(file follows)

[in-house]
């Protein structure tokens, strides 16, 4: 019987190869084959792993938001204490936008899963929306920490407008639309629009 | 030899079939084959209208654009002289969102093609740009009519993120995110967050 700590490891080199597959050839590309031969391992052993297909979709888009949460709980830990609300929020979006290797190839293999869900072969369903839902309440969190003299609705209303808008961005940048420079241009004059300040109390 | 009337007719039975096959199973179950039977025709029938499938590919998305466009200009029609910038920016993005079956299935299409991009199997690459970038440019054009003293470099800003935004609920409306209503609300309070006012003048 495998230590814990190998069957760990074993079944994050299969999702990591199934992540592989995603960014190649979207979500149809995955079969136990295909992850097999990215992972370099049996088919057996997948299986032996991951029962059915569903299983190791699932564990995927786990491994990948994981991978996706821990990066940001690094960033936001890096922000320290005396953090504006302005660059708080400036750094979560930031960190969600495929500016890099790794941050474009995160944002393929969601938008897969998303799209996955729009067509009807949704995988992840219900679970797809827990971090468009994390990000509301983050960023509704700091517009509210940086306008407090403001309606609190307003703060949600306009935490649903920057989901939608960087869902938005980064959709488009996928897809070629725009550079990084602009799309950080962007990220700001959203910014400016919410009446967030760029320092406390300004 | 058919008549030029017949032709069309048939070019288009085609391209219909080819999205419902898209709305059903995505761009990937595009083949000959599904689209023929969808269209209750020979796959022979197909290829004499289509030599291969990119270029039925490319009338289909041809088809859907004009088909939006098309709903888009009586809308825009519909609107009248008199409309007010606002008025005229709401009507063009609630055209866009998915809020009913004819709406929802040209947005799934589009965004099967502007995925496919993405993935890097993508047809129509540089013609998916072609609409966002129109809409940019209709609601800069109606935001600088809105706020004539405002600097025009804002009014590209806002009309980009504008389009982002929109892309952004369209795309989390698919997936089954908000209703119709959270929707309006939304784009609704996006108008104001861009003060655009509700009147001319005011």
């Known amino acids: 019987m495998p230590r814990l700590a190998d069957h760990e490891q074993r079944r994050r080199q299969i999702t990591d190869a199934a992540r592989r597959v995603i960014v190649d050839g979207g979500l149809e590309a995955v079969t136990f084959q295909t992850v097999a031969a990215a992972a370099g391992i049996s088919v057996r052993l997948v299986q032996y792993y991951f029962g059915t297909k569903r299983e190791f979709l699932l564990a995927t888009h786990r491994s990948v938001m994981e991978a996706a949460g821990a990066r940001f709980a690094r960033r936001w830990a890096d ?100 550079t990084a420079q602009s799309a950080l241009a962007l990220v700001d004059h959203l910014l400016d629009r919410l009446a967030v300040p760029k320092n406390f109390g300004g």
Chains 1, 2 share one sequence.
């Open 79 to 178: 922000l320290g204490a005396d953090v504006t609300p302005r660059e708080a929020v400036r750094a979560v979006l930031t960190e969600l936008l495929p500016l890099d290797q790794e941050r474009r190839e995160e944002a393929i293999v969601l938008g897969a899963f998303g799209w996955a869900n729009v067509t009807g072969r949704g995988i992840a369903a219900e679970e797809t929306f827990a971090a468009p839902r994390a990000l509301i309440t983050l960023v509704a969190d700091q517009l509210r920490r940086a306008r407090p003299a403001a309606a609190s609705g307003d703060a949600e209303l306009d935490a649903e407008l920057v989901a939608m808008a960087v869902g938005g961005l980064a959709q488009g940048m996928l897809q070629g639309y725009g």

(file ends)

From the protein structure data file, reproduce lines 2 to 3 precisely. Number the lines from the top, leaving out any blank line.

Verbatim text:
């Protein structure tokens, strides 16, 4: 019987190869084959792993938001204490936008899963929306920490407008639309629009 | 030899079939084959209208654009002289969102093609740009009519993120995110967050 700590490891080199597959050839590309031969391992052993297909979709888009949460709980830990609300929020979006290797190839293999869900072969369903839902309440969190003299609705209303808008961005940048420079241009004059300040109390 | 009337007719039975096959199973179950039977025709029938499938590919998305466009200009029609910038920016993005079956299935299409991009199997690459970038440019054009003293470099800003935004609920409306209503609300309070006012003048 495998230590814990190998069957760990074993079944994050299969999702990591199934992540592989995603960014190649979207979500149809995955079969136990295909992850097999990215992972370099049996088919057996997948299986032996991951029962059915569903299983190791699932564990995927786990491994990948994981991978996706821990990066940001690094960033936001890096922000320290005396953090504006302005660059708080400036750094979560930031960190969600495929500016890099790794941050474009995160944002393929969601938008897969998303799209996955729009067509009807949704995988992840219900679970797809827990971090468009994390990000509301983050960023509704700091517009509210940086306008407090403001309606609190307003703060949600306009935490649903920057989901939608960087869902938005980064959709488009996928897809070629725009550079990084602009799309950080962007990220700001959203910014400016919410009446967030760029320092406390300004 | 058919008549030029017949032709069309048939070019288009085609391209219909080819999205419902898209709305059903995505761009990937595009083949000959599904689209023929969808269209209750020979796959022979197909290829004499289509030599291969990119270029039925490319009338289909041809088809859907004009088909939006098309709903888009009586809308825009519909609107009248008199409309007010606002008025005229709401009507063009609630055209866009998915809020009913004819709406929802040209947005799934589009965004099967502007995925496919993405993935890097993508047809129509540089013609998916072609609409966002129109809409940019209709609601800069109606935001600088809105706020004539405002600097025009804002009014590209806002009309980009504008389009982002929109892309952004369209795309989390698919997936089954908000209703119709959270929707309006939304784009609704996006108008104001861009003060655009509700009147001319005011």
């Known amino acids: 019987m495998p230590r814990l700590a190998d069957h760990e490891q074993r079944r994050r080199q299969i999702t990591d190869a199934a992540r592989r597959v995603i960014v190649d050839g979207g979500l149809e590309a995955v079969t136990f084959q295909t992850v097999a031969a990215a992972a370099g391992i049996s088919v057996r052993l997948v299986q032996y792993y991951f029962g059915t297909k569903r299983e190791f979709l699932l564990a995927t888009h786990r491994s990948v938001m994981e991978a996706a949460g821990a990066r940001f709980a690094r960033r936001w830990a890096d ?100 550079t990084a420079q602009s799309a950080l241009a962007l990220v700001d004059h959203l910014l400016d629009r919410l009446a967030v300040p760029k320092n406390f109390g300004g």